* school smock country trends: Belgium tablier boerenkiel schort

School Smock Country Trends: Europe

Figure 1.--

We notice children in several Europran countries wearing school smocks. They are most asociated with France, Belgium, Italy, and Spain, but they were worn to a lesser extent in several other countries. They were introduced to reduce obvious social-class differences in the public schools, First by the Second French Republic (1870-1940). We think the French influence was important in spreading the school smock to other countries. For some reaspon we do not fully understand, except for the importance of France, we mostly see smocks in souther, largely Catholic pegions of Europe. The classic schoolboy dress in France is the beret and smocks. Most French schoolboys by the turn of the century were outfitted in smocks, originally back-buttoning smocks. French boys trudging to school with their smocks and school satchels (book bags), as French schools requited extensive home work, is a common image in France. Schools smocks were still commonly worn after World War II, but most schools apparently no longer required them. It seems to have been left to the discretion of the mother. They began to disappear in the 1950s except for girls or younger boys. French visitors to HBC indicate that as older boys they were teased for wearing smocks because French boys began to look on them as girls clothes.


HBC at this time has no information on the wearing of school smocks in Austria. We have no information either about the old Audtro-Hungarian Empire or the modern state od Austria which emerged after the fall of the Hapsburg dynasty at the end of World War I (1914-18). This is important as a very large number of current European countries emerged from Austro-Hungary after World War I. Hope fully our Austrian readers will provode some information here.


Smocks styles and usage in Belgium generally followed the pattern in France. Smocks were very commonly worn by Belgian school children. Unfortunately, HBC has not yet been able to find any information on Belgian smocks. This is a serious limitation on out national smock coverage because we believe that Belgium is one of the countries where smocks wre most commonly worn. Hopefully a Belgian reader will contribute some information on school smocks. We do have some information on smocks on one of our Bdelgian school uniform pages.


A Bulgarian reader writes, "I saw your articles about school smocks and I would like to add, that school smocks survived in Bulgaria as boys' wear till the late 70s-beginning 80s. I wore a black shiny satin school smock, buttoned at the back, with pockets in front, when I was 10-12. It was a great fun for me, because till my third year I lived in Moscow, Russia, where smocks weren't worn in schools at all. When we moved to Bulgaria in 1978, and I went to school in Sofia, this dress-like uniform looked a little bit strange to me first, but I found it very comfortable then. In 1982, when I was 7th grade, the smocks were replaced by Russian-pattern uniforms--navy blue suits with trousers and coat. But on my opinion, black satin smocks were the most comfortable uniform I wore- especially in hot weather."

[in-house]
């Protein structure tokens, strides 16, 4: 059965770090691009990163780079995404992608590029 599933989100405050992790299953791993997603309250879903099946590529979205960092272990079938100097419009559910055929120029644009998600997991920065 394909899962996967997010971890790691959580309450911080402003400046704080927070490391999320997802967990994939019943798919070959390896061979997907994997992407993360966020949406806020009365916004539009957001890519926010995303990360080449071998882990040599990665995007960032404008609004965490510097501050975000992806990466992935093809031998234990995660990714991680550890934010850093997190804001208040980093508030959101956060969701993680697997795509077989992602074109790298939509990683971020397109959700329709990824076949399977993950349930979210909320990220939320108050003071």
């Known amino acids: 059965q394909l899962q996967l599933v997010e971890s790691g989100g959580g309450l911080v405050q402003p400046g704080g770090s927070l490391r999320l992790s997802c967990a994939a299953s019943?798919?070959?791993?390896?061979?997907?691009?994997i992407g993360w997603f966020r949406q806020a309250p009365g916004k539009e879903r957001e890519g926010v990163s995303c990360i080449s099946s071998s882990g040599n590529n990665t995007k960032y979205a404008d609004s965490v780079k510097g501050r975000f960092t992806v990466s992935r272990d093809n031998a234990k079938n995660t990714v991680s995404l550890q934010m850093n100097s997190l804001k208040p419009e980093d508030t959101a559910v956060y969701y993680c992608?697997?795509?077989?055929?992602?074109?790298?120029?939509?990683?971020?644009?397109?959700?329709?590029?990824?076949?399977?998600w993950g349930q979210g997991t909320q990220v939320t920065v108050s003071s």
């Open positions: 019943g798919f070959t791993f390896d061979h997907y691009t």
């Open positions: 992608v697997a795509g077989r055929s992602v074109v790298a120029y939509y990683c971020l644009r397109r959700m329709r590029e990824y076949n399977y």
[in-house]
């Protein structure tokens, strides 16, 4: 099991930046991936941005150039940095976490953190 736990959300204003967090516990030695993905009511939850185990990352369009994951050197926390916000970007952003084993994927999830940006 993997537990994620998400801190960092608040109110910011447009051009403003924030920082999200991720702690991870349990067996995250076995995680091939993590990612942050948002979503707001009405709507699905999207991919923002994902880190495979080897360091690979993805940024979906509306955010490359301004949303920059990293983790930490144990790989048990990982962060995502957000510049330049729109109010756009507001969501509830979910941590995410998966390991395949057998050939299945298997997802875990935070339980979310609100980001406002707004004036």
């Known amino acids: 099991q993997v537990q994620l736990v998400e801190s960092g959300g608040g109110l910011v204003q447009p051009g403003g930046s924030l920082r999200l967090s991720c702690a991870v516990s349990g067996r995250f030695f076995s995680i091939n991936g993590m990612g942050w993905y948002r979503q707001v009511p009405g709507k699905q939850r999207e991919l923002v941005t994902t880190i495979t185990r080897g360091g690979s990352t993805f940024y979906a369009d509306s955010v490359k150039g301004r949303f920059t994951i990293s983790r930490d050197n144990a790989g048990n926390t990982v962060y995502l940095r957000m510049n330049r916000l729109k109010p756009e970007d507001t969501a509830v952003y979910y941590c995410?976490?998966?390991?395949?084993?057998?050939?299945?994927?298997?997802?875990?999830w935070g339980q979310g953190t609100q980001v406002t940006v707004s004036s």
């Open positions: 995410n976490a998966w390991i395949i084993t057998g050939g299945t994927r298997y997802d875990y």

No information avaiable.


We do not believe that school smocks were commonly worn in Denmark, but at this time have no information.


There are countless illustrations in children's books of English boys and girls wearing gayly colored smocks. Most of these illustrations beginning with Kate Greenaway appear highly imaginative. We simply have no evidence yet to confirm that boy commonly wore smocks to school in the late 18 and early 19th century. (Of course tht does not mean that they definitively did not.) We have noted boy at home wearing smocks during the late 19th and early 20th century--generally boys from affluent families. We know more about this period as there are many photographic school portraits. English schools for the most part, however, not require smocks. State schools did not require iunifoms. Boys rarely appear in these images wearing smocks. Private schools did require uniforms, but we do not know of a school requiing the boyhs to wear smocks. A few private schools did use smocks for the pre-prep boys. One choir school, St. Mary of the Angles Song School, used smocks as the everyday uniform.